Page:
Bad Cops: A Study of Career Ending Misconduct in the New York City Police Department

James J. Fyfe, John Jay College of Criminal Justice
Peter R. Jones, Temple University
Robert J. Kane, The American University
Robert Tillman, St. John's University

This paper will report on a National Institute of Justice study of all 1,543 New York City police officers who were dismissed (n=863), terminated (n=349), or forced to resign or retire (n=331) for reasons of misconduct during the 22 years 1975-1996. The researchers have identified questions of theoretical and operational significance through a survey of the literature, through consultation with a project advisory committee of police scholars and former police administrators, and through consultation with NYPD administrators and focus groups of NYPD commanders, supervisors, and patrol officers. The authors were granted access to the NYPD's personnel orders and files, which were searched to identify both involuntarily separated officers ("IVs") and a same-sized (n=1,542) random sample of their police academy cohorts ("controls"). A methodological advisory committee assisted in preparation of coding instruments that captured data on officers' pre-employment histories and career experiences, including their disciplinary records. All human subjects concerns were identified and approved by the appropriate institutional review boards. Under the supervision of the authors, NYPD staff members were trained and employed to review all files and to code the data. Random validity and quality control checks were conducted, and demonstrated acceptable results. Once coded, the data were analyzed to describe the characteristics and experiences of IV officers, the manners in which their careers ended, and the variables upon which they differ from control officers. Differences between IV and control officers in the distribution of these variables' values served as tests of the hypotheses we had generated.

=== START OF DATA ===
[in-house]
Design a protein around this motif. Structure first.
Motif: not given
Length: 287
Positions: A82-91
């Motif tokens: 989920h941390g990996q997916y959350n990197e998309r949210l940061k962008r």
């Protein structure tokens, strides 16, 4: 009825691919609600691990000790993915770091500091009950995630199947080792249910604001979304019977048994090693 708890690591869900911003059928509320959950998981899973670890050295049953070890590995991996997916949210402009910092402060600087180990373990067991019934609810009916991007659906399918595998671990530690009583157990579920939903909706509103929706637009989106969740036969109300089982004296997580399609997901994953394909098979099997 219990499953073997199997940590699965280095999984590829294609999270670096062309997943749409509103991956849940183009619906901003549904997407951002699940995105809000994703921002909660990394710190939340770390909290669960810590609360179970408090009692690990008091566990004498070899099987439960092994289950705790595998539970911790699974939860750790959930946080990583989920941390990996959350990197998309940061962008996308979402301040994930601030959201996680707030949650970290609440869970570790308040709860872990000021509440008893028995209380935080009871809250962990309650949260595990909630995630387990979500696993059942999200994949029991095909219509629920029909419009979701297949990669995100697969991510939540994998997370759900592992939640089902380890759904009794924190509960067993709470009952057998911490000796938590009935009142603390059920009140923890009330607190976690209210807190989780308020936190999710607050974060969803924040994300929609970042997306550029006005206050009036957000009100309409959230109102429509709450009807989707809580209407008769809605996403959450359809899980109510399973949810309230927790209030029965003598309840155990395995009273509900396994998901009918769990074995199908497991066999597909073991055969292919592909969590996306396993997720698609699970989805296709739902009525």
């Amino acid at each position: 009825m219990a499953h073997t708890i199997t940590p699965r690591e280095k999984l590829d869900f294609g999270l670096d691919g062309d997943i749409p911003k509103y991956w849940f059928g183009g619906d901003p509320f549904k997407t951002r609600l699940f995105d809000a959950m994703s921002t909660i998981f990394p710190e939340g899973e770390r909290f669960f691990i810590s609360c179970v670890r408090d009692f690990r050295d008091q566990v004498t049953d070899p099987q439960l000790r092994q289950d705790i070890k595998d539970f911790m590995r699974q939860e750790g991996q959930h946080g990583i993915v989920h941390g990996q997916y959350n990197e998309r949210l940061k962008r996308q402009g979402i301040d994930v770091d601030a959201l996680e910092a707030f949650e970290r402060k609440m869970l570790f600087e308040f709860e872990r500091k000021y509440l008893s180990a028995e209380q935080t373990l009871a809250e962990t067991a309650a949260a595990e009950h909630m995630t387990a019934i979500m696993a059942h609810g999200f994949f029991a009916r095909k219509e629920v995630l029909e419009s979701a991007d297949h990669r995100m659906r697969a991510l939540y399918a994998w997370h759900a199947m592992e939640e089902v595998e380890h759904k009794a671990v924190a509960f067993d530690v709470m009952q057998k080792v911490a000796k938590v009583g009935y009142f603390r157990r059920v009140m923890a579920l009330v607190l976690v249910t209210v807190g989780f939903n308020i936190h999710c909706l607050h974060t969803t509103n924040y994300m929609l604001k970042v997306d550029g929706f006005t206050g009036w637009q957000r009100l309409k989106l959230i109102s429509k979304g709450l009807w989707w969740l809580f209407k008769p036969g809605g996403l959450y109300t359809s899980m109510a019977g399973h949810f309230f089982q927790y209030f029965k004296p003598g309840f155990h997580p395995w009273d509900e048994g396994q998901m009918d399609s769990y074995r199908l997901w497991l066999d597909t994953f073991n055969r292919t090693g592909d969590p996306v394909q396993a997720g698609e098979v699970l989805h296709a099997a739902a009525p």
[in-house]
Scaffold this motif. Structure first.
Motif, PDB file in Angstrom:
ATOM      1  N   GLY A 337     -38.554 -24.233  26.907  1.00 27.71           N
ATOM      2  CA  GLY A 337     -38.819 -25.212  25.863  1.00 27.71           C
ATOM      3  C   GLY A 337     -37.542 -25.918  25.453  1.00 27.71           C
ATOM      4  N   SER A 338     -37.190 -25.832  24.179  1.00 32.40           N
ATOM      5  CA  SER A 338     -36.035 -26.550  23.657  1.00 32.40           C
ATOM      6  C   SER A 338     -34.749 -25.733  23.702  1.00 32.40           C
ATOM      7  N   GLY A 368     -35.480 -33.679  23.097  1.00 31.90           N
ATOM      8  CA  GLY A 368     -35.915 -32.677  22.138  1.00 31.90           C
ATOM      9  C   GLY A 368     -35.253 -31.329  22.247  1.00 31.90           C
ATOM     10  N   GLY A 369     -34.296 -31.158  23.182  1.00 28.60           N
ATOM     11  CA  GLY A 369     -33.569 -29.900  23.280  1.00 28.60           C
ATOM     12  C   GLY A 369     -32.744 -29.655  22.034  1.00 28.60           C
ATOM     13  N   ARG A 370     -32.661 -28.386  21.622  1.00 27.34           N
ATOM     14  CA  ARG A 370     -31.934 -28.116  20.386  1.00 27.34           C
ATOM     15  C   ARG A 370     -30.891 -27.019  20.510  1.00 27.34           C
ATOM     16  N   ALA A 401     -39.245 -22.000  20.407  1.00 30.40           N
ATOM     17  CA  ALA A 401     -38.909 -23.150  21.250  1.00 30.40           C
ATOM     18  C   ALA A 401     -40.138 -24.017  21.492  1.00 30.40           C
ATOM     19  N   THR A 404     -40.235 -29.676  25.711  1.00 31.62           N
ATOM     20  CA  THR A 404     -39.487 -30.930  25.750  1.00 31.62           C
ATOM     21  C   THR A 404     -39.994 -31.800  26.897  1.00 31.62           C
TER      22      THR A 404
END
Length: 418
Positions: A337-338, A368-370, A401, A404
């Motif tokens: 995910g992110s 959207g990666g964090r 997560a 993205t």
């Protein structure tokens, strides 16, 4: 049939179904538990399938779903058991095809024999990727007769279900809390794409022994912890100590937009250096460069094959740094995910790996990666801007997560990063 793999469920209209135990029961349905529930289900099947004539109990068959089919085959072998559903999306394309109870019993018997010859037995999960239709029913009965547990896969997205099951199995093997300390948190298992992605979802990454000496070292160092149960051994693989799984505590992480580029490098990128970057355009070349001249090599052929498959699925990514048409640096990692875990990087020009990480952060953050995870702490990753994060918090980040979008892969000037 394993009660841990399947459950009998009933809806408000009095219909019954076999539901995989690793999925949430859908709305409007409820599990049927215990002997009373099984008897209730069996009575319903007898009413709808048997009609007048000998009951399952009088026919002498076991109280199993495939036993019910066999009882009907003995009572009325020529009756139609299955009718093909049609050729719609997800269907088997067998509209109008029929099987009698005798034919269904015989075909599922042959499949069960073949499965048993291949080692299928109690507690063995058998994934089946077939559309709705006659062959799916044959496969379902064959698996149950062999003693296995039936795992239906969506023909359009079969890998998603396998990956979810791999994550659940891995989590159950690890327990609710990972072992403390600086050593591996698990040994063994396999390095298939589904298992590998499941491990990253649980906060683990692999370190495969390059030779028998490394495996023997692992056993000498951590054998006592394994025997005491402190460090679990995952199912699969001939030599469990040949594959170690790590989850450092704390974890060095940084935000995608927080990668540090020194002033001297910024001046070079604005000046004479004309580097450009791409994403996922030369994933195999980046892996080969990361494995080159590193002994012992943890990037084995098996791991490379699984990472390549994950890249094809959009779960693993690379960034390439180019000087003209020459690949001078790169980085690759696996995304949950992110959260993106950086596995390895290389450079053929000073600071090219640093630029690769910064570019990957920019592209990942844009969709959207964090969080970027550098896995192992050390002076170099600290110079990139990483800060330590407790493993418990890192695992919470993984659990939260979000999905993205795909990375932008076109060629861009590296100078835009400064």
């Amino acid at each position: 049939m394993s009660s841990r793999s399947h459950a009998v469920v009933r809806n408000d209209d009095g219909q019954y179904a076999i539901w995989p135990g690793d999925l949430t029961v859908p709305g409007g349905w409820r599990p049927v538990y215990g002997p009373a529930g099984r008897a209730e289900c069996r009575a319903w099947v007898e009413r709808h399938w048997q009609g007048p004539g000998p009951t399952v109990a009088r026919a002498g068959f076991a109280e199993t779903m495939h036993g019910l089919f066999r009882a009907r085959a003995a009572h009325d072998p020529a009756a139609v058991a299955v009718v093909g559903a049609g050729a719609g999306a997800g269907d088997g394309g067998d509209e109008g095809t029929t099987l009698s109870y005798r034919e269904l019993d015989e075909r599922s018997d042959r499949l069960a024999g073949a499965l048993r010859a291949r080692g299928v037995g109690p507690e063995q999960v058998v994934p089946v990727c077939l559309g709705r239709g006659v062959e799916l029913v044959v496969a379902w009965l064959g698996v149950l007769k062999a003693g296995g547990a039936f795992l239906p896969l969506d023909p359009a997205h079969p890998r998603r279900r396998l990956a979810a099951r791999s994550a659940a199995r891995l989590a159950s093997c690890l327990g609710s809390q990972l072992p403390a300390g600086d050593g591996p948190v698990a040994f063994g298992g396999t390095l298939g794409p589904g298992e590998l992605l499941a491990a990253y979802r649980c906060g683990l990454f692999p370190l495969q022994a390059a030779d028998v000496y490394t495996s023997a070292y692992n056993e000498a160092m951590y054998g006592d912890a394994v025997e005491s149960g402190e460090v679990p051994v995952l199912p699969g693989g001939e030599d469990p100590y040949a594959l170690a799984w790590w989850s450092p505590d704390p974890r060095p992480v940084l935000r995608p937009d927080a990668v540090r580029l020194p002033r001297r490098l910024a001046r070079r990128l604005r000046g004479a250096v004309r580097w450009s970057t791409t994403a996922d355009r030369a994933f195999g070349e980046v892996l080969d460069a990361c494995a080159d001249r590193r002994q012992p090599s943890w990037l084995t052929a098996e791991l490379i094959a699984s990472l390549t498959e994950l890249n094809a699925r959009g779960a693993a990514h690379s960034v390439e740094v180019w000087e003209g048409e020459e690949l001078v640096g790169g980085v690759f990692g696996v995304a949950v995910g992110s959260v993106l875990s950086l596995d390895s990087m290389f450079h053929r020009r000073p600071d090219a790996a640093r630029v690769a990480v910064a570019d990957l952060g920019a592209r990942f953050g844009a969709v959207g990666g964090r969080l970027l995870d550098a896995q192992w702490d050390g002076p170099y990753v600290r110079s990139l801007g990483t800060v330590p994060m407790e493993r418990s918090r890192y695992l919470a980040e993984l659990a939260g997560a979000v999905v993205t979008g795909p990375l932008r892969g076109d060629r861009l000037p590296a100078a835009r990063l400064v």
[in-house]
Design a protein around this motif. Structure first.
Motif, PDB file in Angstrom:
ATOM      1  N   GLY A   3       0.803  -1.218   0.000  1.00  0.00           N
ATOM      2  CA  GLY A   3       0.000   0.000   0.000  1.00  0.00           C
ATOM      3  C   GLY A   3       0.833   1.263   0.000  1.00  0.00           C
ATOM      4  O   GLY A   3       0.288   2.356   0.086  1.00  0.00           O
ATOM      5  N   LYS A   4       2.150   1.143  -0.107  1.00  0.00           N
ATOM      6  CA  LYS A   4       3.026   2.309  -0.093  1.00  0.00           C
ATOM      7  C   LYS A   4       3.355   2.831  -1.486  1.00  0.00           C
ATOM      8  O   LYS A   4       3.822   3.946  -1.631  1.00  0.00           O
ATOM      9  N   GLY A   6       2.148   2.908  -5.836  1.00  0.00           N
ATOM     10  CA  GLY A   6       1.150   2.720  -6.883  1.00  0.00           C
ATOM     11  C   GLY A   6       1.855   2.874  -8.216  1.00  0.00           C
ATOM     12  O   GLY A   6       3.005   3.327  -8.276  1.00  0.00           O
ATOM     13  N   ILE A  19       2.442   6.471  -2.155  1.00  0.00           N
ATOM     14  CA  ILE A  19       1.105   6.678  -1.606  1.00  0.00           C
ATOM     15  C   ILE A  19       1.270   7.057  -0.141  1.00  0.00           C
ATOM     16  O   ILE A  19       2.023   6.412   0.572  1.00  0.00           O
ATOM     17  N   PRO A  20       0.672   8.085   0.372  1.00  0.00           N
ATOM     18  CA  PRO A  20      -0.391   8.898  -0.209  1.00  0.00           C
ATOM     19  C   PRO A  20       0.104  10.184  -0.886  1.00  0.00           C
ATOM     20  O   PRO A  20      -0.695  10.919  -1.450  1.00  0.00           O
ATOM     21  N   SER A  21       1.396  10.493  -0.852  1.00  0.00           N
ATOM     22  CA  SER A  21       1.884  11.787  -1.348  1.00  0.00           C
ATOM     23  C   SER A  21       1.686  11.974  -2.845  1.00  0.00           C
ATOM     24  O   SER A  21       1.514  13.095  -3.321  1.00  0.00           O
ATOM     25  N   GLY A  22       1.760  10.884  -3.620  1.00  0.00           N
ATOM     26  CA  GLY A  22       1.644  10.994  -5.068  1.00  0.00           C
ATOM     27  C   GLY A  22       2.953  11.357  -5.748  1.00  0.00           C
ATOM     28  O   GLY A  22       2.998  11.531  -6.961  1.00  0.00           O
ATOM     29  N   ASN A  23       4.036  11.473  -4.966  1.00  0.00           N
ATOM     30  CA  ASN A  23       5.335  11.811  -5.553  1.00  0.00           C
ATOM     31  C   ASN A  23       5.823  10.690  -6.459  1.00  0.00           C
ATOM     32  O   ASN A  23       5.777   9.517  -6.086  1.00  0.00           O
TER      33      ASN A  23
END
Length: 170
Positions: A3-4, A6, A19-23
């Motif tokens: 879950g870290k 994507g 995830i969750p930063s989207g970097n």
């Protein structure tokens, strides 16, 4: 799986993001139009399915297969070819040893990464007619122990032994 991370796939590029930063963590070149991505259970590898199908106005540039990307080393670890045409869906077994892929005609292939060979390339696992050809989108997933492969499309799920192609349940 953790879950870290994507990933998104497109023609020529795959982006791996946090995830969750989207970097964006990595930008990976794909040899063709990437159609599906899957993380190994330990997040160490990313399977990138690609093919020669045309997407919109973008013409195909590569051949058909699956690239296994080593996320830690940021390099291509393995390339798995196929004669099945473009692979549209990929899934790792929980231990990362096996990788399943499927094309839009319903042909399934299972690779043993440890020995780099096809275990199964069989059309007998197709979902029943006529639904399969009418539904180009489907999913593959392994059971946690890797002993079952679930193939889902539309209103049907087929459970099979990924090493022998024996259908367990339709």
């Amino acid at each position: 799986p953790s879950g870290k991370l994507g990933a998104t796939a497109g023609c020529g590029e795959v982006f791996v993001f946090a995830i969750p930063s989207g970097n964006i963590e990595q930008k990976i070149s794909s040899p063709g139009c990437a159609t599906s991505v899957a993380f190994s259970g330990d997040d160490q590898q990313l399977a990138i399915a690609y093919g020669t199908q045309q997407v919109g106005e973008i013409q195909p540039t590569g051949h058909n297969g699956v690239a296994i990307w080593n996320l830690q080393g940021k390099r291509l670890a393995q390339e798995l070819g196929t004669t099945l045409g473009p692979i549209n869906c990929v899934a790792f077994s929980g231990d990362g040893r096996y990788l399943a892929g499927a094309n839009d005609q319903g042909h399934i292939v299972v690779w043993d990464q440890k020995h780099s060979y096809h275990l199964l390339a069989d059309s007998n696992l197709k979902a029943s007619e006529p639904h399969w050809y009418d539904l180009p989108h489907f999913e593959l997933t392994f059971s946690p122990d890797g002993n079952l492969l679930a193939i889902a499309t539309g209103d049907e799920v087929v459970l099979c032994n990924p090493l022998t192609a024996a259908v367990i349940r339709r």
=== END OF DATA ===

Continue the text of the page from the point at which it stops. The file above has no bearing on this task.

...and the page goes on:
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Updated 05/20/2006